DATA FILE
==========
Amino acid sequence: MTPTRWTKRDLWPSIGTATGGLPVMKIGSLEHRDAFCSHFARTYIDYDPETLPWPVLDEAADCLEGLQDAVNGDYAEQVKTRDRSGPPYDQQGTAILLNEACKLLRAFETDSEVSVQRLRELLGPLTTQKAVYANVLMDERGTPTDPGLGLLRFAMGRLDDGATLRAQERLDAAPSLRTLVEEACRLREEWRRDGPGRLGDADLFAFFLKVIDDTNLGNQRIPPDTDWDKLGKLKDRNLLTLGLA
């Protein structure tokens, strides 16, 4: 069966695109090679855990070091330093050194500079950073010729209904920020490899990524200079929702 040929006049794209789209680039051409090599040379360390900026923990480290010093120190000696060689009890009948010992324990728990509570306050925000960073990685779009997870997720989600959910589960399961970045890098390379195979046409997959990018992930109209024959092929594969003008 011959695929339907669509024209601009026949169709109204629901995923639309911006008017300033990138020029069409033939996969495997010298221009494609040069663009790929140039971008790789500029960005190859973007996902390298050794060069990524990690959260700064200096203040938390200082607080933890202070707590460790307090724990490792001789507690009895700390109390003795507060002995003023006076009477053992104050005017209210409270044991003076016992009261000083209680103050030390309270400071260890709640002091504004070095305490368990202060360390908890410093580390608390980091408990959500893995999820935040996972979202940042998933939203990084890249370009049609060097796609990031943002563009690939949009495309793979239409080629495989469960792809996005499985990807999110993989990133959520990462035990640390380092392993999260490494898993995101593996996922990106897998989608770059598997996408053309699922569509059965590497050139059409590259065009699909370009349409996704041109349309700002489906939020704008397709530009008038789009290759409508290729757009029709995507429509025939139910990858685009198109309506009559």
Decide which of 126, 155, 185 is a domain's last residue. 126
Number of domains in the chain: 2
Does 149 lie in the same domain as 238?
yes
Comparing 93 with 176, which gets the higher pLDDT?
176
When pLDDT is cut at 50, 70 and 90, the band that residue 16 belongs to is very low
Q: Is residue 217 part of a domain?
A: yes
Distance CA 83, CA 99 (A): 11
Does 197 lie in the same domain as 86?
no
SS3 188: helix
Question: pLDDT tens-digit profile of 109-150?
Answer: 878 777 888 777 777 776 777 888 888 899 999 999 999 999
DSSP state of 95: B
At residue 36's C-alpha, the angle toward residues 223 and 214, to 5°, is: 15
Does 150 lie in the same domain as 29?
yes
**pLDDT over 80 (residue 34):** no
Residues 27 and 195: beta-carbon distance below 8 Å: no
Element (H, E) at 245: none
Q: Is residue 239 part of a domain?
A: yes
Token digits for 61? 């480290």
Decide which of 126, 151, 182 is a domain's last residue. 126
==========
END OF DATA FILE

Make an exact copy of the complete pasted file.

Amino acid sequence: MTPTRWTKRDLWPSIGTATGGLPVMKIGSLEHRDAFCSHFARTYIDYDPETLPWPVLDEAADCLEGLQDAVNGDYAEQVKTRDRSGPPYDQQGTAILLNEACKLLRAFETDSEVSVQRLRELLGPLTTQKAVYANVLMDERGTPTDPGLGLLRFAMGRLDDGATLRAQERLDAAPSLRTLVEEACRLREEWRRDGPGRLGDADLFAFFLKVIDDTNLGNQRIPPDTDWDKLGKLKDRNLLTLGLA
């Protein structure tokens, strides 16, 4: 069966695109090679855990070091330093050194500079950073010729209904920020490899990524200079929702 040929006049794209789209680039051409090599040379360390900026923990480290010093120190000696060689009890009948010992324990728990509570306050925000960073990685779009997870997720989600959910589960399961970045890098390379195979046409997959990018992930109209024959092929594969003008 011959695929339907669509024209601009026949169709109204629901995923639309911006008017300033990138020029069409033939996969495997010298221009494609040069663009790929140039971008790789500029960005190859973007996902390298050794060069990524990690959260700064200096203040938390200082607080933890202070707590460790307090724990490792001789507690009895700390109390003795507060002995003023006076009477053992104050005017209210409270044991003076016992009261000083209680103050030390309270400071260890709640002091504004070095305490368990202060360390908890410093580390608390980091408990959500893995999820935040996972979202940042998933939203990084890249370009049609060097796609990031943002563009690939949009495309793979239409080629495989469960792809996005499985990807999110993989990133959520990462035990640390380092392993999260490494898993995101593996996922990106897998989608770059598997996408053309699922569509059965590497050139059409590259065009699909370009349409996704041109349309700002489906939020704008397709530009008038789009290759409508290729757009029709995507429509025939139910990858685009198109309506009559």
Decide which of 126, 155, 185 is a domain's last residue. 126
Number of domains in the chain: 2
Does 149 lie in the same domain as 238?
yes
Comparing 93 with 176, which gets the higher pLDDT?
176
When pLDDT is cut at 50, 70 and 90, the band that residue 16 belongs to is very low
Q: Is residue 217 part of a domain?
A: yes
Distance CA 83, CA 99 (A): 11
Does 197 lie in the same domain as 86?
no
SS3 188: helix
Question: pLDDT tens-digit profile of 109-150?
Answer: 878 777 888 777 777 776 777 888 888 899 999 999 999 999
DSSP state of 95: B
At residue 36's C-alpha, the angle toward residues 223 and 214, to 5°, is: 15
Does 150 lie in the same domain as 29?
yes
**pLDDT over 80 (residue 34):** no
Residues 27 and 195: beta-carbon distance below 8 Å: no
Element (H, E) at 245: none
Q: Is residue 239 part of a domain?
A: yes
Token digits for 61? 């480290």
Decide which of 126, 151, 182 is a domain's last residue. 126